Juno Awards To Be Held in Ottawa
Juno Awards To Be Held in Ottawa

Canada's Juno Music Awards and Juno Week events are returning to Ottawa, March 26-April 1, 2012, the Canadian Academy of Recording Arts and Sciences (CARAS) has announced. 

The country's premiere music awards show, honoring all genres of Canadian music, was last held in the nation's capital in 2003, a year after CARAS decided to move the show around the country.

Following the major 40th anniversary Juno celebrations earlier this year in Toronto, the broadcast of the 2012 Juno Awards will take place live from Scotiabank Place, Sunday, April 1, on CTV. 

"We're very pleased to return to Ottawa for the first time since 2003's spectacular success of hosting Canada's Music Awards," Melanie Berry, president & CEO, CARAS/The JUNO Awards said in a press statement. "We anticipate that for sponsors, fans and the viewing public alike, Ottawa will once again capture the excitement and spirit of celebration that only Canada's Capital can deliver."

"Canada's capital region was the host for one of the most-watched JUNO AWARDS broadcast ever on CTV," Phil King, president, CTV programming and sports, added in the statement. "Since then, the CTV broadcast has become even bigger and better, so we can't wait to return in 2012."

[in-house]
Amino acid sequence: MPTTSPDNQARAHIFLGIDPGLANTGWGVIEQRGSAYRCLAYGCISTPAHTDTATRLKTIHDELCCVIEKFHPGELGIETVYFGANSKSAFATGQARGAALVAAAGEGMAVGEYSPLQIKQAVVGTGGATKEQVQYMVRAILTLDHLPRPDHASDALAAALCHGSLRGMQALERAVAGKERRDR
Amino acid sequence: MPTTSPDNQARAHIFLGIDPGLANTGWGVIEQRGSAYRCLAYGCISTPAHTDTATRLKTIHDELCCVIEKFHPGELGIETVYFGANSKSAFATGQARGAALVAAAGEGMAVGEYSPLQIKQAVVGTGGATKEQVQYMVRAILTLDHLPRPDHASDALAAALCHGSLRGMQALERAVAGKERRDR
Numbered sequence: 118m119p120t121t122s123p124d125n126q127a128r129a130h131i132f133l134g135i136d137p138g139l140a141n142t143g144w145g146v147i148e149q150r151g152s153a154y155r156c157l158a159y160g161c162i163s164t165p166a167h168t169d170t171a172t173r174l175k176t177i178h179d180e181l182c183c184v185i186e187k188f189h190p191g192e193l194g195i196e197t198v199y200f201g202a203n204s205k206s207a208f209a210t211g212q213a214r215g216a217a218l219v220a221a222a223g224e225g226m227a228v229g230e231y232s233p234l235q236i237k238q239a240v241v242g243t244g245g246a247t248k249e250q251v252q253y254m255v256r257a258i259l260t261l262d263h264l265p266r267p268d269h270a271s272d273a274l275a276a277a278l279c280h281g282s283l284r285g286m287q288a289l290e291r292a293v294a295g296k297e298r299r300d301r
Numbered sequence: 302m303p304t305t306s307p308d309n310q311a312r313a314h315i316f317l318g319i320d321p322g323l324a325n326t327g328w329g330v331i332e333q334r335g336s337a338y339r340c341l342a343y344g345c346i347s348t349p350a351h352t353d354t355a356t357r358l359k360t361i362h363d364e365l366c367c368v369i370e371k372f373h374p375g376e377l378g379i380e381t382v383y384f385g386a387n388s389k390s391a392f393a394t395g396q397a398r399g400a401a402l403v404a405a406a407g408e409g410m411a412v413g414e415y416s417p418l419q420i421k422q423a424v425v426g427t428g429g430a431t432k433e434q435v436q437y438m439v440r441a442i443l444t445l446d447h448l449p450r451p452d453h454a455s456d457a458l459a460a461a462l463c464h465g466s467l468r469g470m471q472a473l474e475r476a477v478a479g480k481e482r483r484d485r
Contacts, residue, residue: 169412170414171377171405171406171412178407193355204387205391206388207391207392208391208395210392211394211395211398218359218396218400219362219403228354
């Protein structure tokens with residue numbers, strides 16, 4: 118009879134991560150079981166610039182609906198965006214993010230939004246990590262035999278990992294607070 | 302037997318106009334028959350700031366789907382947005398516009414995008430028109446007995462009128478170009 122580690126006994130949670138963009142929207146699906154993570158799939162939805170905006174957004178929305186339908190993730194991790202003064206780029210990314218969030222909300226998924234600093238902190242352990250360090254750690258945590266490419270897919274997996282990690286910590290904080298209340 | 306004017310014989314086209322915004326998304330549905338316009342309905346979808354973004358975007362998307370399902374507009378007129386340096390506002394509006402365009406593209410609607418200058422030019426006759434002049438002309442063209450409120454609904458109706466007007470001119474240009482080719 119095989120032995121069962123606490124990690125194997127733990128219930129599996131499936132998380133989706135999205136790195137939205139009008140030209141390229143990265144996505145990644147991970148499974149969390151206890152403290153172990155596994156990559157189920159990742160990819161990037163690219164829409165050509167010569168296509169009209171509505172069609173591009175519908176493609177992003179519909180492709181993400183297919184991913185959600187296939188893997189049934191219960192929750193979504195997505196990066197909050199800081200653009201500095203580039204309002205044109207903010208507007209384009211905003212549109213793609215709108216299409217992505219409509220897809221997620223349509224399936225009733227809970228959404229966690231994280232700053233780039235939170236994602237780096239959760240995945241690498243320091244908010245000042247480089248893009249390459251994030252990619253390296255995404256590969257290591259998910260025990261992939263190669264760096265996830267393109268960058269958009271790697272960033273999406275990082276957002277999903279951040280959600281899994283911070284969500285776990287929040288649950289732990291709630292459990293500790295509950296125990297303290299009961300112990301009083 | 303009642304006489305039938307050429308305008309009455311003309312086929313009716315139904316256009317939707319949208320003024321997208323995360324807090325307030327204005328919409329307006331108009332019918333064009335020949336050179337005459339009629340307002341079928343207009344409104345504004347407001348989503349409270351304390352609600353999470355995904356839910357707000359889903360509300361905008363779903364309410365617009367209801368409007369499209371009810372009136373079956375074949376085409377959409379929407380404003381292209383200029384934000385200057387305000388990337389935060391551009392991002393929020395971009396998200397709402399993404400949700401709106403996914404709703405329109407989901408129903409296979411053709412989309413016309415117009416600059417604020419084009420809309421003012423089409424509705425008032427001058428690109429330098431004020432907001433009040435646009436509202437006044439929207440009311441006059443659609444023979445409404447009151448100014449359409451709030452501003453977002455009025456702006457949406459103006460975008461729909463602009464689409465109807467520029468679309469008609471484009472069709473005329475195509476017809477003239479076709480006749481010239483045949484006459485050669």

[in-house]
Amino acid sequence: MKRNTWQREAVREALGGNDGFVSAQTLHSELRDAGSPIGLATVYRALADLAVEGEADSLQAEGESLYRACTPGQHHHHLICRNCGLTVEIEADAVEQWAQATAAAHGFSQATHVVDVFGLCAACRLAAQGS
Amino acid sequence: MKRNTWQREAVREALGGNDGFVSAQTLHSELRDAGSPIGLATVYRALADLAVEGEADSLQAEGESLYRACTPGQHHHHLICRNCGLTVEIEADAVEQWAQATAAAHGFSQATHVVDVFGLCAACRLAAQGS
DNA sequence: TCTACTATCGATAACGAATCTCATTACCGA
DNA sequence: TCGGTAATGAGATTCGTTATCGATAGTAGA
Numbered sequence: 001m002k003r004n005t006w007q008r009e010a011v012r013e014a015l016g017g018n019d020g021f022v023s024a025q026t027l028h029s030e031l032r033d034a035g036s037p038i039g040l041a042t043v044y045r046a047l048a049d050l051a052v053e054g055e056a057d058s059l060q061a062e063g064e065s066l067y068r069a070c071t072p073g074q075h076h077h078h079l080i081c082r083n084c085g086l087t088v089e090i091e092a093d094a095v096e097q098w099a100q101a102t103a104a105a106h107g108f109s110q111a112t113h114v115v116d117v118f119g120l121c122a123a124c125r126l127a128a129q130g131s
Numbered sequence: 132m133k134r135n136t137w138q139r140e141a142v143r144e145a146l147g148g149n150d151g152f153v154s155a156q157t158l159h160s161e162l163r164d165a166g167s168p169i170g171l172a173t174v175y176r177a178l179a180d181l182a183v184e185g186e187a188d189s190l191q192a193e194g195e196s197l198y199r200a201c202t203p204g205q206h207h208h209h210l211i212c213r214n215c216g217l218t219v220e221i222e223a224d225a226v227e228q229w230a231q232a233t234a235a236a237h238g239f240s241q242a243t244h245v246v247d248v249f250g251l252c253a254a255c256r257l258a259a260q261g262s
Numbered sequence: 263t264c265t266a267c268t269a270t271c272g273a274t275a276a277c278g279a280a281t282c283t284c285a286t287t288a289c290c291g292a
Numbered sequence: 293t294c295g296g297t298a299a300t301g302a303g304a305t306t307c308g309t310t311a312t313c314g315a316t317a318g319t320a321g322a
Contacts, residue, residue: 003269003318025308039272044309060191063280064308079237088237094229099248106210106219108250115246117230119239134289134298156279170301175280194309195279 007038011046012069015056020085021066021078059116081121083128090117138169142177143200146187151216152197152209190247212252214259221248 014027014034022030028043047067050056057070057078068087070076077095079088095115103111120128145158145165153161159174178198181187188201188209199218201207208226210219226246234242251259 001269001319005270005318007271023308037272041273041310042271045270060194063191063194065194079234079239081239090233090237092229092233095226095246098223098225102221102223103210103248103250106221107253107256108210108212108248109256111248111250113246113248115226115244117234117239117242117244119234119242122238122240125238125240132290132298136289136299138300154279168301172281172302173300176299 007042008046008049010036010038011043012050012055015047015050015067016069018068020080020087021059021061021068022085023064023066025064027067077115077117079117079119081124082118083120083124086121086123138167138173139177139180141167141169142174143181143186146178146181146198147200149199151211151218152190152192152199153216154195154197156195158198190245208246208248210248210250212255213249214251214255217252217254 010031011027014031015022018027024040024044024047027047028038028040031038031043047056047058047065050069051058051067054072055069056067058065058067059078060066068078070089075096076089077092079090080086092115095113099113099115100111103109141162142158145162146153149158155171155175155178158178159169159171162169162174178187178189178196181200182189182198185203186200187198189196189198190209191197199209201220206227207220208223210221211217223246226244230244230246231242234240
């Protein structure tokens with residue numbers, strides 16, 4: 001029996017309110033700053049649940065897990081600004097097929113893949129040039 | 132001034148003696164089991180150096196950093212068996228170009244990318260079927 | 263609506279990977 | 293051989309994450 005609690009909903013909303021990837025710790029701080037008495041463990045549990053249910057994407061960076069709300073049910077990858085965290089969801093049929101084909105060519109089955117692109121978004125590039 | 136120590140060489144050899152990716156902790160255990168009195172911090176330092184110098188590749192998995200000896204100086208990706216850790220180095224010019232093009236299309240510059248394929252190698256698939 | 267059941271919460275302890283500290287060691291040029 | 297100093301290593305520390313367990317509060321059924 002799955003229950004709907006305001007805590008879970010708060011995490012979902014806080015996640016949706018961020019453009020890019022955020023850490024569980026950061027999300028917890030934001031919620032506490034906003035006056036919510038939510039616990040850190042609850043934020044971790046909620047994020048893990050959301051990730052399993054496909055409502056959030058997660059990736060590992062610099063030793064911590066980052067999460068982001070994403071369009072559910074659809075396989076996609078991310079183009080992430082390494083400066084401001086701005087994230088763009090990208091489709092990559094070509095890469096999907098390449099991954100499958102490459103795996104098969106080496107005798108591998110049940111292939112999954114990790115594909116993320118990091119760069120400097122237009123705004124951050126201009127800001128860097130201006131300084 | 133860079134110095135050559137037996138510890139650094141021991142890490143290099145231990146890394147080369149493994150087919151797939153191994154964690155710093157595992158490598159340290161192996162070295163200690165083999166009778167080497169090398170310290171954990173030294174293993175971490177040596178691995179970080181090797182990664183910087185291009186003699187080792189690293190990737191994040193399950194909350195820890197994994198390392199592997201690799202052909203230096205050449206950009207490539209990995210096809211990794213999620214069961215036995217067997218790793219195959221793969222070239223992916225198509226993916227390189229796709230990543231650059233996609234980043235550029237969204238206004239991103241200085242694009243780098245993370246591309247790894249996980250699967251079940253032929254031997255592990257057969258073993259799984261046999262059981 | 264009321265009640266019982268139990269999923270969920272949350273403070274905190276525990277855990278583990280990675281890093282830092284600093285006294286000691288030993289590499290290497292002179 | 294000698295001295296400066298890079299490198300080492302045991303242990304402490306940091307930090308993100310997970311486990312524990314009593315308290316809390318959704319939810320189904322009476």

Sponsors for the 2012 Junos include Foundation To Assist Canadian Talent On Recordings (FACTOR), Canada's Private Radio Broadcasters and The Government of Canada through the Department of Canadian Heritage's Canada Music Fund, Radio Starmaker Fund, National Capital Commission (NCC), Province of Ontario, and the City of Ottawa. 

Since CTV first partnered with CARAS in 2002, the JUNO Awards have travelled to St. John's (2002), Ottawa (2003), Edmonton (2004), Winnipeg (2005), Halifax (2006), Saskatoon (2007), Calgary (2008), Vancouver (2009), St. John's (2010) and Toronto (2011).

The inaugural awards were held in 1970 in Toronto and originally known as the Gold Leaf Awards. A year later, the name changed to Juno in honor of Pierre Juneau, the first chairman of the Canadian Radio-Television Commission (CRTC).